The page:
Geometry is a mathematical discipline that focuses on the properties and relationships between points, lines, surfaces and solids. Geometric figures are made up of lines, called sides or edges and points called vertices. Geometric shapes are classified by their individual characteristics, one of those being the measure of angles within the shape. For example, triangles have three angles whose sum equals 180 degrees, while quadrilaterals have four angles whose sum equals 360 degrees. Being able to determine the value of angles helps students to classify lines and shapes.

Find the value of X in triangles by subtracting known angle measurements from 180 degrees. Since the value of all angles within a triangle must equal 180 degrees, if you know at least two angles, you can subtract them from 180 to find the missing third angle. If you are working with equilateral triangles, divide 180 by three to find the value of X. All of the angles of an equilateral triangle are equal.

Solve for X in interesting lines by finding the value of one adjacent angle and subtracting it from 180 degrees. Adjacent angles are angles that are side-by-side. The sum of adjacent angles equals 180 degrees. Opposite angles are equal, so if you know the value of one angle, its opposite partner will have the same value. For example, if the value of one angle is 75 degrees its adjacent angle will be 105 degrees and its opposite angle will also be 75 degrees. Similarly, the adjacent angles opposite partner will measure 105 degrees as well.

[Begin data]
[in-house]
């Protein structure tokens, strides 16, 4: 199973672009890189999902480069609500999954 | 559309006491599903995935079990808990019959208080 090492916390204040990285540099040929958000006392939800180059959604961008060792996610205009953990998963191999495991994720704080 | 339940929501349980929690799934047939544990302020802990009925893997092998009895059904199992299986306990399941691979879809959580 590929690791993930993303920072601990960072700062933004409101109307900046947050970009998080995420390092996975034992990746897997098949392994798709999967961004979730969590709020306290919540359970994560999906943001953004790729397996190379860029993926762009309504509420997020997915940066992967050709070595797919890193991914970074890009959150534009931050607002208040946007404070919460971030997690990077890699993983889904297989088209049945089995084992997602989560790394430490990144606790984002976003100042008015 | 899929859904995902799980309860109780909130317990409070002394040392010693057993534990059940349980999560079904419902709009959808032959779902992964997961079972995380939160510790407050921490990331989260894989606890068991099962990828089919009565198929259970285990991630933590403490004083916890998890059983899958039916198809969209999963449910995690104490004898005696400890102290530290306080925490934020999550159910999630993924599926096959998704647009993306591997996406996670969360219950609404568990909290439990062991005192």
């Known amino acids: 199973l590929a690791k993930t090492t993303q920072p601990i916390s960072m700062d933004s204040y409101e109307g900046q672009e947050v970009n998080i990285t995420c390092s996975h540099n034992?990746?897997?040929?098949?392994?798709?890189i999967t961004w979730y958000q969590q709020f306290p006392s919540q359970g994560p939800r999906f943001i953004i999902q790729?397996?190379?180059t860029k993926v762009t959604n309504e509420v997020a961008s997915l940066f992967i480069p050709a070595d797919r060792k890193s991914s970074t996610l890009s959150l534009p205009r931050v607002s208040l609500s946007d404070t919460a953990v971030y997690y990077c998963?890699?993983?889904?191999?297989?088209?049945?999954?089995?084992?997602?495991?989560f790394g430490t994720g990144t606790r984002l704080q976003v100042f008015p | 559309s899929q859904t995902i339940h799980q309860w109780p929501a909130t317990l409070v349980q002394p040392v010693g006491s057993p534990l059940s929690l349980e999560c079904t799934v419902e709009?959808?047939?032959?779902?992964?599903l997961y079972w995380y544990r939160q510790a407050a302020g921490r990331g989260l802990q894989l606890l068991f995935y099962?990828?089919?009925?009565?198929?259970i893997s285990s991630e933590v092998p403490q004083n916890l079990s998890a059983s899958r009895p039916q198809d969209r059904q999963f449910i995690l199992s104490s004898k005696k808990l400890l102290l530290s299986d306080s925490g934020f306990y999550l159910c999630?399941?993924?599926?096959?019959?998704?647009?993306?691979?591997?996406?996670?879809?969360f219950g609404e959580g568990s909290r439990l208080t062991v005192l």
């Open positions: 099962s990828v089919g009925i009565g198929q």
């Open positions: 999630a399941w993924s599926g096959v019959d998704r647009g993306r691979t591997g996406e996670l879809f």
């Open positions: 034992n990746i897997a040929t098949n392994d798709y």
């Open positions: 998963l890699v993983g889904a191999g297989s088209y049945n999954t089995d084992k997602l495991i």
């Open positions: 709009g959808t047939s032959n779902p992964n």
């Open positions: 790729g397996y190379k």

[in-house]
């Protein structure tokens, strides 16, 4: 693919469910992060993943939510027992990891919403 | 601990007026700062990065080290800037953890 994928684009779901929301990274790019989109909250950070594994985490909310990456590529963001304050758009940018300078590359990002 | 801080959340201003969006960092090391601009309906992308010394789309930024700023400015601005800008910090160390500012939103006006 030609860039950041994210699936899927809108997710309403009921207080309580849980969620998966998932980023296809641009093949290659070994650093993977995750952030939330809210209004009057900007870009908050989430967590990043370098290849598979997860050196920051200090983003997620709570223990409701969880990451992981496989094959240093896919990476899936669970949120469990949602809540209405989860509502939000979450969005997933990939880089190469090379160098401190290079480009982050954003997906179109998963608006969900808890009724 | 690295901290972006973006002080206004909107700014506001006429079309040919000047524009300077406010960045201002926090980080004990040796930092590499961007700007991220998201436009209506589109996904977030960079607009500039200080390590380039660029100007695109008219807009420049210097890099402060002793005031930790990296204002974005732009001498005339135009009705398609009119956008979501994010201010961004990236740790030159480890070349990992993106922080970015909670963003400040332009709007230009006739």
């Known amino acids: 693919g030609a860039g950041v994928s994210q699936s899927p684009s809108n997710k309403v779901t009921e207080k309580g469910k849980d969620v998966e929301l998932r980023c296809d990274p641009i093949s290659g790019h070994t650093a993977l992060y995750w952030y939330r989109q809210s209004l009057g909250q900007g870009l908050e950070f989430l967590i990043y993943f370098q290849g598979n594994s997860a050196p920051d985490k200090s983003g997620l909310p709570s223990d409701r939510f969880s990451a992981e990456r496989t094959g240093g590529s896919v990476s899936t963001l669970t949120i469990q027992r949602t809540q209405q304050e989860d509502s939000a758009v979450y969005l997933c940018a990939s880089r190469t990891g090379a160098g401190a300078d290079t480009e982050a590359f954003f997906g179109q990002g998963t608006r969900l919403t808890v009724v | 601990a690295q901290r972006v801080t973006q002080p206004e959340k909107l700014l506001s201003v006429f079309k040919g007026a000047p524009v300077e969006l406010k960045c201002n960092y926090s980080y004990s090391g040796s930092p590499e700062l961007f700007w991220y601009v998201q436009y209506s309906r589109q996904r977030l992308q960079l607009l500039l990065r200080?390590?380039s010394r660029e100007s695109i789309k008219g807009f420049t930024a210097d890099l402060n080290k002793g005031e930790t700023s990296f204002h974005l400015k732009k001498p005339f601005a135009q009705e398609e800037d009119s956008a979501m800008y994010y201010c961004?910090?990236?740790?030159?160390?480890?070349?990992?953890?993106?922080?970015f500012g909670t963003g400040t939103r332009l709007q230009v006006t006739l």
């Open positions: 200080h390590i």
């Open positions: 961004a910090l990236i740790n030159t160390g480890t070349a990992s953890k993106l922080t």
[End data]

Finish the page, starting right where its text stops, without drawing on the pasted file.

Determine the value of X in angles of parallel lines that are intersected by a third line by finding the value each angle at the intersection of one of the parallel lines. Use the principles for finding the value of adjacent and opposite angles to find one set of intersecting angles. The value of the angles of the second parallel line intersection will be the same as its parallel partner. For example, if the value of the intersecting angles in line one are 120 and 60 degrees, the value of the intersecting angles in line two will also be 120 and 60 degrees.

References

- Thinkzone.wlonk.com; Elementary Geometry; Keith Enevoldsen
- "Everyday Mathematics Student Reference Book: Grade 5"; The University of Chicago School Mathematics Project; 2007

About the Author

Danny Waldo started writing professionally in 2011, covering topics in education and sports. His writing has appeared on various websites, including BleacherReport.com. Waldo holds a Bachelor of Science in education from Montana State University-Bozeman and a Master of Science in education from Walden University.

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